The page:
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January 2008 Archives

January 12, 2008


Two days ago, I got a phone call at my home number. The caller ID said “unknown” (not all that unusual). It was a heavily accented Indian male, and it sounded like he was in a busy call center (in hindsight, I don’t know if that was real or a soundtrack).

“I’m calling from the US Department of [unintelligible] about your tax refund. Tracy is supposed to get a refund of approximately $1000. Can I confirm your street address of …[my actual street address]…?”

I even asked him to repeat the department he was from, but it was still unintelligible.

Right off the bat:

  • It’s January. I haven’t filed my 08 taxes yet. And when I do, I typically get my refund within weeks (i.e., May, or possibly June).
  • I am well aware of my tax situation from 07; everything that was supposed to happen tax-wise for 07 was concluded long ago.
  • He specifically asked for my wife by her maiden name.
  • He repeatedly would not give a distinct US government agency name.

He wanted me to confirm my address. Without confirming anything, I asked why. He said that “we need to direct deposit this refund, so we need to confirm your address, bank account, and routing number.”

What on earth does my street address have to do with a direct deposit to my bank?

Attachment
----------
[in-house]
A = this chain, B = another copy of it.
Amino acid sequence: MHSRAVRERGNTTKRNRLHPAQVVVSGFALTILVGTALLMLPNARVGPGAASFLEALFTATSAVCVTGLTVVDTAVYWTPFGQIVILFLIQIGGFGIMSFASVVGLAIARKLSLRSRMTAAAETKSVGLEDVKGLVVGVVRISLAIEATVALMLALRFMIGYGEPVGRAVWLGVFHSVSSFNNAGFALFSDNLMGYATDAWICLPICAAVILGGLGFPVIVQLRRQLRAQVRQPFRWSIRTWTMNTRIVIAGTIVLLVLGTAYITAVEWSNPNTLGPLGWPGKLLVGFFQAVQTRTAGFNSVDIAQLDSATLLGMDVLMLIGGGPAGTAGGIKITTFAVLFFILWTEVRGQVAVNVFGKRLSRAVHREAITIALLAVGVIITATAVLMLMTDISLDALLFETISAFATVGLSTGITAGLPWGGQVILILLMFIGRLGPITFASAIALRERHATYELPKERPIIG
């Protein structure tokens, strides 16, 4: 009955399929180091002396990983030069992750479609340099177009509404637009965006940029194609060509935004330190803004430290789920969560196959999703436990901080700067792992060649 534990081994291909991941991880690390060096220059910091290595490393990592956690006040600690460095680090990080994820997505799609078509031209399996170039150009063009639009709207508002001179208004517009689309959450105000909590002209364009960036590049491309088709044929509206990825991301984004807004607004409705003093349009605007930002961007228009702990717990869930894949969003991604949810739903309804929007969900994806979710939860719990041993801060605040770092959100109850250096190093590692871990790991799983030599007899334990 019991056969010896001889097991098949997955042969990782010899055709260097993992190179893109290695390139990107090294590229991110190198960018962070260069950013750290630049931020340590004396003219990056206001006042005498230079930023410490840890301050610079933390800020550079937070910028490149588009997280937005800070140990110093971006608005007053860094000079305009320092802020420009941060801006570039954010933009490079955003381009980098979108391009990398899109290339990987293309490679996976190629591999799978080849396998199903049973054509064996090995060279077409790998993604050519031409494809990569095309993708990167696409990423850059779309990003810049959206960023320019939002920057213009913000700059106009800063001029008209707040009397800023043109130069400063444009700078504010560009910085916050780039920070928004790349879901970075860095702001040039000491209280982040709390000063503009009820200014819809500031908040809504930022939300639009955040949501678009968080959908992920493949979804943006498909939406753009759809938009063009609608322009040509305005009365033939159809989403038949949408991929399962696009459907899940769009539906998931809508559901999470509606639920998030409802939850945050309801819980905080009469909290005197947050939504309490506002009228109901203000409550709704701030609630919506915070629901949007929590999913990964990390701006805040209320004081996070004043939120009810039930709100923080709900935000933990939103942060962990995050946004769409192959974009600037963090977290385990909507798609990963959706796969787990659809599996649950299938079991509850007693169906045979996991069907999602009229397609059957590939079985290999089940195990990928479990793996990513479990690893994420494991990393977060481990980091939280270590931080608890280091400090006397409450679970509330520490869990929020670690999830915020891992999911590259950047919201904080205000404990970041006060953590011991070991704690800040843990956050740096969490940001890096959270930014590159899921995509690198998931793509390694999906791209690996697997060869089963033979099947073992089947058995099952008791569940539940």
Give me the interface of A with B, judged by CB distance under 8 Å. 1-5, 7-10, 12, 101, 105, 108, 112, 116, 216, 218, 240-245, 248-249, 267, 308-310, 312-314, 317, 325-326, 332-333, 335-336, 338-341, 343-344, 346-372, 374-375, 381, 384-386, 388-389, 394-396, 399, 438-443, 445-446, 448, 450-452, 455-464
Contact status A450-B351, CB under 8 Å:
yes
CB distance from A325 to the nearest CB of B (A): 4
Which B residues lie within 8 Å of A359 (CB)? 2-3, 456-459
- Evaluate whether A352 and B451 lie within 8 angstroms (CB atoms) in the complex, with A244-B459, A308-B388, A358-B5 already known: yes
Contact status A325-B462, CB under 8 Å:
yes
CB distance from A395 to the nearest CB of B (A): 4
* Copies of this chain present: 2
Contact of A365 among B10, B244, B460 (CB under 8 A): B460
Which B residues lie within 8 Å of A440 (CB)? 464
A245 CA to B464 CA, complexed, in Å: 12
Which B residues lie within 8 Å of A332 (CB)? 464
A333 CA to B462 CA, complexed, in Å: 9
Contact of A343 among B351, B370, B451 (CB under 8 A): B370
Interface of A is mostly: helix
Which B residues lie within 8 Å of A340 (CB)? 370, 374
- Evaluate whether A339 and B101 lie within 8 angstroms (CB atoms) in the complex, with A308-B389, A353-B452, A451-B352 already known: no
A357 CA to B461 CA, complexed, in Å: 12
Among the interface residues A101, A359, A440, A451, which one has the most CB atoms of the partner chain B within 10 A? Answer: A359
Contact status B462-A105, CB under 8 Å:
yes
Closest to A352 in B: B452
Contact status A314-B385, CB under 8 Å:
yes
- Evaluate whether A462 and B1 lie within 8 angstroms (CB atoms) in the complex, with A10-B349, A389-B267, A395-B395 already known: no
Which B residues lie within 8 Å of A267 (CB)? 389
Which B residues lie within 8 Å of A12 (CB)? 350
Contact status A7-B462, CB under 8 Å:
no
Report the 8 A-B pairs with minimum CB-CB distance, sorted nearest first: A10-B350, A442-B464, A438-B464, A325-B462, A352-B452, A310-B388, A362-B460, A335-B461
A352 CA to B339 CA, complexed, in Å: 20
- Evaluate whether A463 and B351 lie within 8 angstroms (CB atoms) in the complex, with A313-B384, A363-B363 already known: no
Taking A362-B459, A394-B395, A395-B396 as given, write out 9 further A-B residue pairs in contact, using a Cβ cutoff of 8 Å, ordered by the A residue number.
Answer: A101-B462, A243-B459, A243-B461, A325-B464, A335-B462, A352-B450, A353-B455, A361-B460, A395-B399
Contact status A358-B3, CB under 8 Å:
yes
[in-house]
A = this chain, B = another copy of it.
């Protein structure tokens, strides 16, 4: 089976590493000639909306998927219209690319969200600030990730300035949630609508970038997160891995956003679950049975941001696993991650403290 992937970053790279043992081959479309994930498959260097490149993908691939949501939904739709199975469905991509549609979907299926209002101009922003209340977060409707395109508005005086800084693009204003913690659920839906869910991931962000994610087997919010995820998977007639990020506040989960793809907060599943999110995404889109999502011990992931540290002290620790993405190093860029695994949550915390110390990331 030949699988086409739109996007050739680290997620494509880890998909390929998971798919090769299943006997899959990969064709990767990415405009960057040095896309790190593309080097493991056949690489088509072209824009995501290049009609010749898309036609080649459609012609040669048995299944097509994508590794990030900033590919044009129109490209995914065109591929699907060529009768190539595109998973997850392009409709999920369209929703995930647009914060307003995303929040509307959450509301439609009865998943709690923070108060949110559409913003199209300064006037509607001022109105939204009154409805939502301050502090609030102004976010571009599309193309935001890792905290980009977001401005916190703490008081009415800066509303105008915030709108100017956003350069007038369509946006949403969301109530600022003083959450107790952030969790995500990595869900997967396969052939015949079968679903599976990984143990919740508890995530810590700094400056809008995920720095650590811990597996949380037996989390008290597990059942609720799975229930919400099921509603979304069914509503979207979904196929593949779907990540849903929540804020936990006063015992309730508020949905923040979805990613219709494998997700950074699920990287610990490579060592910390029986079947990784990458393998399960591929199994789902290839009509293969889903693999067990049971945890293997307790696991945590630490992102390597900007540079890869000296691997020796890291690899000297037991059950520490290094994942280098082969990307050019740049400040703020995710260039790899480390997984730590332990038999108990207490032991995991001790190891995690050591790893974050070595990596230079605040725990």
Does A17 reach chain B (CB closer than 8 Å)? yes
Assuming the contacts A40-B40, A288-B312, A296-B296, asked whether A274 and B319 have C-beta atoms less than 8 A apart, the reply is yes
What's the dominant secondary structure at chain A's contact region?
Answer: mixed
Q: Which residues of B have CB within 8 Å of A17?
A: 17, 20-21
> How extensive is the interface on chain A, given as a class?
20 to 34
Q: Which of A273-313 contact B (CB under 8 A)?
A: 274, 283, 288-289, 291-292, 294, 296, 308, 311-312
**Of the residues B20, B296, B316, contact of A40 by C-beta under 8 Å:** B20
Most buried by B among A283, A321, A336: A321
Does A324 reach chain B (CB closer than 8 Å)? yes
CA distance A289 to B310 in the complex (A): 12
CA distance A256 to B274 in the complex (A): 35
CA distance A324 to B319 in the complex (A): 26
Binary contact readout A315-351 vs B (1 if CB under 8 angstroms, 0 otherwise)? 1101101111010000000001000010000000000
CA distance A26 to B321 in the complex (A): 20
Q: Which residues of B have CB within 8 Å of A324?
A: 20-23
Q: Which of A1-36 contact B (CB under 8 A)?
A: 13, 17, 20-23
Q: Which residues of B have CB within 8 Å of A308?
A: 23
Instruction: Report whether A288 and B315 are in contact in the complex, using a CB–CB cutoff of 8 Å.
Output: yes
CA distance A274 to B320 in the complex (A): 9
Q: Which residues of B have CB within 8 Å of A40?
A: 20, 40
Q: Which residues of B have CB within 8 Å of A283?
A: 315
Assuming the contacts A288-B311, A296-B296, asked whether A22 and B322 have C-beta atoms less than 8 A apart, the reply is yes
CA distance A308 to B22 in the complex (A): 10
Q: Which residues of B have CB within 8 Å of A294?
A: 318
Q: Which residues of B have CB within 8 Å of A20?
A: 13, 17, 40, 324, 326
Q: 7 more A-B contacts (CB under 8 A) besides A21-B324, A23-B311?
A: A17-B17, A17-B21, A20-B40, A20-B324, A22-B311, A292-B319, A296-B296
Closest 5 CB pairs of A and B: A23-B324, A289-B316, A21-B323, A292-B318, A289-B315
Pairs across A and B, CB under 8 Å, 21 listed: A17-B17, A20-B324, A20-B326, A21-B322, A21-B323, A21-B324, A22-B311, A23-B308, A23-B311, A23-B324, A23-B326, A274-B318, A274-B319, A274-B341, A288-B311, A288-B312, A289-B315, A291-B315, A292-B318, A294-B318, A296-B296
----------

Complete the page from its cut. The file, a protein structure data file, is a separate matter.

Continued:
Answer: nothing. There’s no reason to ask for this information. Hence, if there was any doubt in my mind that this was a phishing expedition, his statement about needing my address confirmed it for me.

At this point, I literally laughed (I couldn’t stop myself) and said, “I don’t think so. Good luck!” and hung up. I’m now watching my bank activity and whatnot quite closely.

Were it not the wrong time of the year, this could be a fairly successful scam for those who are not savvy to this kind of thing. If you get this fake “IRS refund” call, be aware that when you filed your 1040, you indicated all relevant information about how to receive a refund (either snail mail a check to you or you had to have provided all the relevant bank information for direct deposit). Specifically: the IRS will not cold-call you to get information about how to send you a refund; they already have it.

My rule of thumb: always, Always, ALWAYS be extremely suspicious if someone cold-calls you and asks you to confirm your personal information. Even — or especially — if you think you already have a business relationship with whomever you think is calling (remember that it is trivial for scammers to forge what comes up on the caller ID screen for both land lines and cell phones!).

About January 2008

This page contains all entries posted to JeffJournal in January 2008. They are listed from oldest to newest.

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